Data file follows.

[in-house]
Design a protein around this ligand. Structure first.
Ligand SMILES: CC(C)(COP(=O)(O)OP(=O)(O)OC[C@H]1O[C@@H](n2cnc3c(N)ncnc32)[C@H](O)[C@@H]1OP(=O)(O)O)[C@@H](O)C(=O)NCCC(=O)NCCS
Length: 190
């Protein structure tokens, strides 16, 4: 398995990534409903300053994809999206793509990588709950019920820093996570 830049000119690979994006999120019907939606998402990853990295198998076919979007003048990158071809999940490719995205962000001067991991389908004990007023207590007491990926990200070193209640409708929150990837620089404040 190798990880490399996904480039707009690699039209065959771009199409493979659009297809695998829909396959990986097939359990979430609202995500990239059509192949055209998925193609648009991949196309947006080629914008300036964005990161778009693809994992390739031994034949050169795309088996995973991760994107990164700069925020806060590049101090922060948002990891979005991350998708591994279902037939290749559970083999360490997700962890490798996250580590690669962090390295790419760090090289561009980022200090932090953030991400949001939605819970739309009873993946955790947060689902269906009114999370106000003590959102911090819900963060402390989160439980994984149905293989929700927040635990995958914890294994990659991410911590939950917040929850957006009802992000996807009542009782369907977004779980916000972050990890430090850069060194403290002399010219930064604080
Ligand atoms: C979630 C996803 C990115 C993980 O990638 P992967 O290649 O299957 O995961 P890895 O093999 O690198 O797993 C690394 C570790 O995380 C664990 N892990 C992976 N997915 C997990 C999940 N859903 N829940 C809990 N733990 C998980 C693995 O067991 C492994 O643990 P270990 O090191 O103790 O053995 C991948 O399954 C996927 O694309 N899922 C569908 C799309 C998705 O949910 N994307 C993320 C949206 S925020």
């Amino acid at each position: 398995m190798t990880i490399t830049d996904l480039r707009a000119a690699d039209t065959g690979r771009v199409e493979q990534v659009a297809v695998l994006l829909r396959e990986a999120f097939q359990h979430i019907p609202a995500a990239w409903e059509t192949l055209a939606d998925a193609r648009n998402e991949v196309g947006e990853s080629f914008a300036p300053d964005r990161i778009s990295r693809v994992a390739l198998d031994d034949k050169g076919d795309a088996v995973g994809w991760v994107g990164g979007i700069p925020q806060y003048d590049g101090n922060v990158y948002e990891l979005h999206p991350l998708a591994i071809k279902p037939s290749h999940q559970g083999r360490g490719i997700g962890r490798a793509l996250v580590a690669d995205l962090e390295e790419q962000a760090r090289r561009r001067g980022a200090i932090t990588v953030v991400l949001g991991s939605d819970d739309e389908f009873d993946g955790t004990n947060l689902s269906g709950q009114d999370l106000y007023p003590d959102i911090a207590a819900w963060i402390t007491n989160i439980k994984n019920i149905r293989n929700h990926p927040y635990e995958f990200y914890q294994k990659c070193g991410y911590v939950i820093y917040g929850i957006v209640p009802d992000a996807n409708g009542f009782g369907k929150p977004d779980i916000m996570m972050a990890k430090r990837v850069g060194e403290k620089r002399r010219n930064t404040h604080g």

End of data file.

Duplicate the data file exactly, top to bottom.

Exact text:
[in-house]
Design a protein around this ligand. Structure first.
Ligand SMILES: CC(C)(COP(=O)(O)OP(=O)(O)OC[C@H]1O[C@@H](n2cnc3c(N)ncnc32)[C@H](O)[C@@H]1OP(=O)(O)O)[C@@H](O)C(=O)NCCC(=O)NCCS
Length: 190
């Protein structure tokens, strides 16, 4: 398995990534409903300053994809999206793509990588709950019920820093996570 830049000119690979994006999120019907939606998402990853990295198998076919979007003048990158071809999940490719995205962000001067991991389908004990007023207590007491990926990200070193209640409708929150990837620089404040 190798990880490399996904480039707009690699039209065959771009199409493979659009297809695998829909396959990986097939359990979430609202995500990239059509192949055209998925193609648009991949196309947006080629914008300036964005990161778009693809994992390739031994034949050169795309088996995973991760994107990164700069925020806060590049101090922060948002990891979005991350998708591994279902037939290749559970083999360490997700962890490798996250580590690669962090390295790419760090090289561009980022200090932090953030991400949001939605819970739309009873993946955790947060689902269906009114999370106000003590959102911090819900963060402390989160439980994984149905293989929700927040635990995958914890294994990659991410911590939950917040929850957006009802992000996807009542009782369907977004779980916000972050990890430090850069060194403290002399010219930064604080
Ligand atoms: C979630 C996803 C990115 C993980 O990638 P992967 O290649 O299957 O995961 P890895 O093999 O690198 O797993 C690394 C570790 O995380 C664990 N892990 C992976 N997915 C997990 C999940 N859903 N829940 C809990 N733990 C998980 C693995 O067991 C492994 O643990 P270990 O090191 O103790 O053995 C991948 O399954 C996927 O694309 N899922 C569908 C799309 C998705 O949910 N994307 C993320 C949206 S925020």
């Amino acid at each position: 398995m190798t990880i490399t830049d996904l480039r707009a000119a690699d039209t065959g690979r771009v199409e493979q990534v659009a297809v695998l994006l829909r396959e990986a999120f097939q359990h979430i019907p609202a995500a990239w409903e059509t192949l055209a939606d998925a193609r648009n998402e991949v196309g947006e990853s080629f914008a300036p300053d964005r990161i778009s990295r693809v994992a390739l198998d031994d034949k050169g076919d795309a088996v995973g994809w991760v994107g990164g979007i700069p925020q806060y003048d590049g101090n922060v990158y948002e990891l979005h999206p991350l998708a591994i071809k279902p037939s290749h999940q559970g083999r360490g490719i997700g962890r490798a793509l996250v580590a690669d995205l962090e390295e790419q962000a760090r090289r561009r001067g980022a200090i932090t990588v953030v991400l949001g991991s939605d819970d739309e389908f009873d993946g955790t004990n947060l689902s269906g709950q009114d999370l106000y007023p003590d959102i911090a207590a819900w963060i402390t007491n989160i439980k994984n019920i149905r293989n929700h990926p927040y635990e995958f990200y914890q294994k990659c070193g991410y911590v939950i820093y917040g929850i957006v209640p009802d992000a996807n409708g009542f009782g369907k929150p977004d779980i916000m996570m972050a990890k430090r990837v850069g060194e403290k620089r002399r010219n930064t404040h604080g």